Elle Hearns has been an activist ever since she was growing up in Columbus, OH. She credits her inspiration from Marcus Garvey, Malcolm X, and Marsha P. Johnson, though she is inspiring all on her own.
Hearns is currently the executive director of the Marsha P. Johnson Institute, which she founded in 2015 and has quickly become a leading organization fighting for an end to violence against Black transgender people through civil disobedience, direct action, and community organizing.
She was also a co-founding member of the Black Lives Matter Global Network. She also led a GetEQUAL campaign for Tamir Rice, a Black child who was shot and killed by Cleveland police. She advocated for a revised case for Rice and called for the immediate firing of the officers involved.
During the 2020 summer protests for Black Lives Matter, Hearns was vocal about protecting those who intersect with Black and transgender identities, especially after Tony McDade, who was Black and transgender, was killed by police in Tallahassee, FL. In interviews, she called for abolishing the police as the way to abolish anti-Blackness and transphobia.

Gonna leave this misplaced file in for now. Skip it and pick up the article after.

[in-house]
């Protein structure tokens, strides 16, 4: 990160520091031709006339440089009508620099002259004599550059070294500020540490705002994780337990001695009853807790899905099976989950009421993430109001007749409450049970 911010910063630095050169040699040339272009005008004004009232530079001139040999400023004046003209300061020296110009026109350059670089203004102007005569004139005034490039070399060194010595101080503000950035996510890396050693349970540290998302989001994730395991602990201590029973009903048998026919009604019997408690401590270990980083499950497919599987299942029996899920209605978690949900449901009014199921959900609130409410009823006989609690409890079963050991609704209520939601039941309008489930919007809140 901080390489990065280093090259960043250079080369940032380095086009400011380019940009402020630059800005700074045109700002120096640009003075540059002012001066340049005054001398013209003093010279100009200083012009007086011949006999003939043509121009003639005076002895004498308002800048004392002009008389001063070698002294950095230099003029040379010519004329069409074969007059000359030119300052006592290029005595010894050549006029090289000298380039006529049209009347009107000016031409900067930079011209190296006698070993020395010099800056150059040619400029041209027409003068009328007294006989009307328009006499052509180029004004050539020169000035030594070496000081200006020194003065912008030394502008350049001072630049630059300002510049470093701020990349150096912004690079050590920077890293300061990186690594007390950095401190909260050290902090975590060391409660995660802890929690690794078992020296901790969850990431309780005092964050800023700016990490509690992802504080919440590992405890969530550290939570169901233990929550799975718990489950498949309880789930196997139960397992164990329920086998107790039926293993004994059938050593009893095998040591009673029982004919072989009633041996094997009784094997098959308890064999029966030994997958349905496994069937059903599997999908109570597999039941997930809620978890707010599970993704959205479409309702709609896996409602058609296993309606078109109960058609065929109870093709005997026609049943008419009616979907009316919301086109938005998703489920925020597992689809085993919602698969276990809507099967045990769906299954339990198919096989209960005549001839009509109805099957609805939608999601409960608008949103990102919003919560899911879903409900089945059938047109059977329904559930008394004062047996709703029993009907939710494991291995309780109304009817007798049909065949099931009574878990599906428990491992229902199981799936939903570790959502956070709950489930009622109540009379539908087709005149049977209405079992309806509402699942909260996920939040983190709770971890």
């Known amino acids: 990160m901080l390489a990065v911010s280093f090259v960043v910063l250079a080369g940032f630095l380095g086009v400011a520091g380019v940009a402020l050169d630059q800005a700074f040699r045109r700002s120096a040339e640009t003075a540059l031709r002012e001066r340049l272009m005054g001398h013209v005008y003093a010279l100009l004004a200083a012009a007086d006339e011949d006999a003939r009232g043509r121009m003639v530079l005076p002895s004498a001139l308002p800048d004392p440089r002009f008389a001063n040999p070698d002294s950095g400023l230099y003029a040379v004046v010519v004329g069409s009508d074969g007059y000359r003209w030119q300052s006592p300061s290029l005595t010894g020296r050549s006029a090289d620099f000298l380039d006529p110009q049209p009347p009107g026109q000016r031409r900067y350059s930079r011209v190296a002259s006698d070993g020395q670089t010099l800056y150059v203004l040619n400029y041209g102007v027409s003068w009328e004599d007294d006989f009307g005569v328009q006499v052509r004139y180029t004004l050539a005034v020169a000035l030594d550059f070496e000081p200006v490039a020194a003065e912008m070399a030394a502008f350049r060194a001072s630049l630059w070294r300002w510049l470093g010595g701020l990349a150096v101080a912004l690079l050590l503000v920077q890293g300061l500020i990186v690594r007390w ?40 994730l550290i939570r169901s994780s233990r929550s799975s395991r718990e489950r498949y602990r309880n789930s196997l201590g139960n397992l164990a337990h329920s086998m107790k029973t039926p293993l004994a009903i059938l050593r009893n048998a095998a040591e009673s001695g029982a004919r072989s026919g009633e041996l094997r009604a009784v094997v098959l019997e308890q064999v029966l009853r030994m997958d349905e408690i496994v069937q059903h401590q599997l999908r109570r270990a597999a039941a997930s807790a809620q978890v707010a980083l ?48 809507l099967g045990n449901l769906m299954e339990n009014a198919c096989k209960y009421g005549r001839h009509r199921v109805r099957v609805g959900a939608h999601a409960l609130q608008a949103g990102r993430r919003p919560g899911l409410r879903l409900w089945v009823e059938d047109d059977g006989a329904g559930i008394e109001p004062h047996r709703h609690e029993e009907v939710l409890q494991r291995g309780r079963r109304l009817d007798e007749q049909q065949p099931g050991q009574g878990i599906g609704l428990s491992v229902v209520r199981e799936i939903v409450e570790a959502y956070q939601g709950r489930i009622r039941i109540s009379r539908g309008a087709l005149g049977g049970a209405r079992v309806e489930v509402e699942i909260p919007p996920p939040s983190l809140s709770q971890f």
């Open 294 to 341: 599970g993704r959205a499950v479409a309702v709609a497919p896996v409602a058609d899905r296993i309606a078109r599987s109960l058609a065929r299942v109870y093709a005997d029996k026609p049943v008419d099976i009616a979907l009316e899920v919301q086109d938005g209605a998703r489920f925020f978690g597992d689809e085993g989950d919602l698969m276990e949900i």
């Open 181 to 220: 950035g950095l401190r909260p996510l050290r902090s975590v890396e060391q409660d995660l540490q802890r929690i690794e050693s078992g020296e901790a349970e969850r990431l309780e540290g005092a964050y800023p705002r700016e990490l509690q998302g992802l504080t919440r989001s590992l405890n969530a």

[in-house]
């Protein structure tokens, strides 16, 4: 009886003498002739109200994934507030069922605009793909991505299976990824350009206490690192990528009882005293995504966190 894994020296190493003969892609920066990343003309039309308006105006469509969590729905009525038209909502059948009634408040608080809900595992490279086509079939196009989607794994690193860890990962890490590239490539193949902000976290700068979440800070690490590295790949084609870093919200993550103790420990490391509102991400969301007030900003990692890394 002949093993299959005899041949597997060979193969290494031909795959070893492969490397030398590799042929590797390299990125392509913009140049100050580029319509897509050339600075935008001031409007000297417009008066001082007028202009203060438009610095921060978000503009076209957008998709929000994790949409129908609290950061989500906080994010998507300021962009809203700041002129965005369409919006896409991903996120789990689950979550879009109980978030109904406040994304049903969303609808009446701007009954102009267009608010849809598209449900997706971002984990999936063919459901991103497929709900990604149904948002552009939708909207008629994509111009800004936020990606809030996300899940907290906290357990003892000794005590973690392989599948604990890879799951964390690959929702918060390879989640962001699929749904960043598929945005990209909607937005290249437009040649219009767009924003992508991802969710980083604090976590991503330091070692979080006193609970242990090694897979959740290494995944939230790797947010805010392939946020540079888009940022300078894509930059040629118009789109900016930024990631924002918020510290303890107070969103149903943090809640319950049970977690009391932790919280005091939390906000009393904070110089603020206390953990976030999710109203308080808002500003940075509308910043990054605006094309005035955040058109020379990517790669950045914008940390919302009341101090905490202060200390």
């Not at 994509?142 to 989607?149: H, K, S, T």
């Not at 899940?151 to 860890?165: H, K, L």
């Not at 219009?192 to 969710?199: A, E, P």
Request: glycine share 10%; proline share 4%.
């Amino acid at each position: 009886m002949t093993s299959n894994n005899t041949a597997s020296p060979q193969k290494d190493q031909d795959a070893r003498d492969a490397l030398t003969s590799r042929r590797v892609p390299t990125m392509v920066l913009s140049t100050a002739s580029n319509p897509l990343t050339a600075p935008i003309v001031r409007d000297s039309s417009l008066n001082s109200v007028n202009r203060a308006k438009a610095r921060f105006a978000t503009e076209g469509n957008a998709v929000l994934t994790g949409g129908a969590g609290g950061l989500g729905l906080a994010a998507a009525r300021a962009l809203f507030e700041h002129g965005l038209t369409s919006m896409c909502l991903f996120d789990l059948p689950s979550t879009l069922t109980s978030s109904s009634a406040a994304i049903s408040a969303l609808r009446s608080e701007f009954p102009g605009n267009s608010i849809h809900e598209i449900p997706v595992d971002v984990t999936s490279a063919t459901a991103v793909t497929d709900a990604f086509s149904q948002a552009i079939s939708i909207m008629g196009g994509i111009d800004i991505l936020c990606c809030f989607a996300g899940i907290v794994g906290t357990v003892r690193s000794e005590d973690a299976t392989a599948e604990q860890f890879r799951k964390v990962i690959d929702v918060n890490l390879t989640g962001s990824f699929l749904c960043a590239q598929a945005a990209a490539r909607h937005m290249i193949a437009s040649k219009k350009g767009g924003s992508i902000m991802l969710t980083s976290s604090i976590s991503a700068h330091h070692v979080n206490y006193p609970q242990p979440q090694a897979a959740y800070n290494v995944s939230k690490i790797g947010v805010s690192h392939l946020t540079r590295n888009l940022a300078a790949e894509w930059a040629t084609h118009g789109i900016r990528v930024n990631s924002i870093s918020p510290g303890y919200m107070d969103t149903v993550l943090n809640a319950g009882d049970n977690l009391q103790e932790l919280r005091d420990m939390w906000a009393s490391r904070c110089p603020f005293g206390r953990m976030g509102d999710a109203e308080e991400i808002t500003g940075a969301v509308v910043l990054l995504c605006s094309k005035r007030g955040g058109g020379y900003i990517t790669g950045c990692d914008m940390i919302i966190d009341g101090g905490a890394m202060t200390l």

Under Hearns’ leadership in 2020, the Marsha P. Johnson Institute was able to give over 400 Black transgender people in America stipends, totaling over $250,000, for COVID-19 relief.
Hearns has a love for cosmetics and beauty, but she said she struggled to conform to Midwestern beauty standards and protested how her jobs would force her to appeal to customers in a style that wasn’t her own. Hearns still talks about how Black women have power in their beauty alone: “Our beauty is unmatched. Periodt. I remember being a young girl and recognizing the curve in my lip and the curl in my hair and being so fascinated that no one looked like me. It is completely fair to say that we are unapologetic.”
Hearns’ fierce will and political power is active and unshakeable, making her an assured Black History Month figure in the present and future.